In 1807 the French made a deal with Spain’s prime minister to invade Portugal and share its territories. In November, a French army led by General Junot, having marched through Spain, took control of Lisbon. (Portugal’s ruling Braganza family and their court fled to Brazil, protected by a British naval squadron.)
But then Napoleon turned on his ally, sending more troops into Spain to garrison key forts, prompt revolts, and violently suppress Spanish protests, including the Madrid uprising on 2 May and 3 May made infamous by the paintings of Francisco Goya.
On 10 May, Napoleon convinced (coerced) the rulers of Spain, “guests” in France at the time, to renounce their crown. He then pronounced his brother Joseph the new king of Spain. Uncoordinated rebellions broke out across Spain, and Spanish revolutionaries sailed to London, to plead for money, arms, and equipment–but not men–to fight the French. In response, the Government promised to consider sending armament but decided to send its available army instead to Portugal, to drive out Junot’s troops. (These included troops originally gathered to travel to Venezuela, to aid in an insurrection against the Spanish!)
This is when my story, The Spanish Patriot, begins. Many British papers, including The Times, quickly came on board, writing strongly in support of the Spanish. While the Spanish delegation was in London, Richard Brinsley Sheridan, playwright, theater owner, and member of the House of Commons, gave an emotional speech in Commons, reported widely and positively in local and regional newspapers.
Sheridan was sure the flame of rebellion would spread, and Britain must now act to help the Spanish. There never was “so great an opportunity and occasion for this country to strike a bold stroke, which might end in the rescue of the world.”
Would it not be known in Spain, and would it not preserve and even rouse the spirit of the people of that country to know, that the unanimous voice of parliament, as well as of the people of Great Britain, was raised in their favour, and their cordial assistance and co-operation ready to be afforded them? …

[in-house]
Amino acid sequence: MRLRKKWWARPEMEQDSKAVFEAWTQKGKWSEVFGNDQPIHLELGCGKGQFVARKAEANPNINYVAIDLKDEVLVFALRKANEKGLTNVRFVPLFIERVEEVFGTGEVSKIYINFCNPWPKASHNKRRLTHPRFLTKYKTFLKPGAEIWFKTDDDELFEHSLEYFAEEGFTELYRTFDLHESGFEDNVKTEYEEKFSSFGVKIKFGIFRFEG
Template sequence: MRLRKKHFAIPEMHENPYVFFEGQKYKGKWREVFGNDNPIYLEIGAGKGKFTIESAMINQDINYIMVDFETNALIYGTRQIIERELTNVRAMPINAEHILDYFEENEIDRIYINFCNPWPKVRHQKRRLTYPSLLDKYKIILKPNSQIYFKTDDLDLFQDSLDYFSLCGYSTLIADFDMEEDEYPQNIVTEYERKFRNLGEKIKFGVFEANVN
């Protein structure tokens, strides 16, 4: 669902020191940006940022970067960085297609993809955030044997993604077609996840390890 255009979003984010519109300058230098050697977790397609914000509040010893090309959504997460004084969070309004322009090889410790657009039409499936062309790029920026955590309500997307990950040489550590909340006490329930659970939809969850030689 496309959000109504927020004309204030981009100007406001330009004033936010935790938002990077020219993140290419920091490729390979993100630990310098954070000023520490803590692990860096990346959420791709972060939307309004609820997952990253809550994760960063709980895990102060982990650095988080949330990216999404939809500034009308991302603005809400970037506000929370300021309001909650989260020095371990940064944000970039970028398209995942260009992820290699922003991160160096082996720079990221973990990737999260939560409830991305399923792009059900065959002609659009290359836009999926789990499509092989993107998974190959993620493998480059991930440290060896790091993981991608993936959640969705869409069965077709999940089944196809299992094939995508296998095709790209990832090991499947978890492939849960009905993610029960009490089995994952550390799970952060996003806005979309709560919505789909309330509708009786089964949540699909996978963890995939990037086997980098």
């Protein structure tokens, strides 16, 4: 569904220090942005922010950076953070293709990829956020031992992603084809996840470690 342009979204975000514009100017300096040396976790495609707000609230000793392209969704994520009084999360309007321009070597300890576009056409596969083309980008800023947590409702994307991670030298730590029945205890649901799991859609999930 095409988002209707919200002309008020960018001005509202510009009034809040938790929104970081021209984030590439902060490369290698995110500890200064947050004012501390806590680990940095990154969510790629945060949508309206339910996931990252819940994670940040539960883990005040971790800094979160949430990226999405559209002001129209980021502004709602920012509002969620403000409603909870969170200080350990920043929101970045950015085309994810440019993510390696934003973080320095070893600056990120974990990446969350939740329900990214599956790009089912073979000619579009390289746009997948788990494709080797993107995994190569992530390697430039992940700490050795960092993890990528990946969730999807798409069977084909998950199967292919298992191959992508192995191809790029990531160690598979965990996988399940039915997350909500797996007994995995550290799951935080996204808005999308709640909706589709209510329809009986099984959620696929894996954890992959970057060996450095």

France would then find, that she had hitherto been contending only against principalities, powers, and authorities, but that she had now to contend against a people. …
The crisis was the most important which could be conceived: the stand made in the Asturias was the most glorious. He hoped that the progress of it would be closely watched, and not a single opportunity lost of adding vigour and energy to the spirit which seemed to exist there.
The symptoms could not be long in showing themselves, their progress must be rapid; probably the very next despatch might be sufficient to enable a decisive opinion to be formed.
If the flame did not burn like wildfire, it was all over.
Find the full version on Google books, pp 543-6.
(Not everyone thought the speech well performed; William Wilberforce thought Sheridan drunk and giving it through a haze, though still it was “a fair speech, for the topics were good.” See link, search on “Spain”)
Next post: Prelude to Corunna, pt. 2 of 2: What was the deal with Cintra?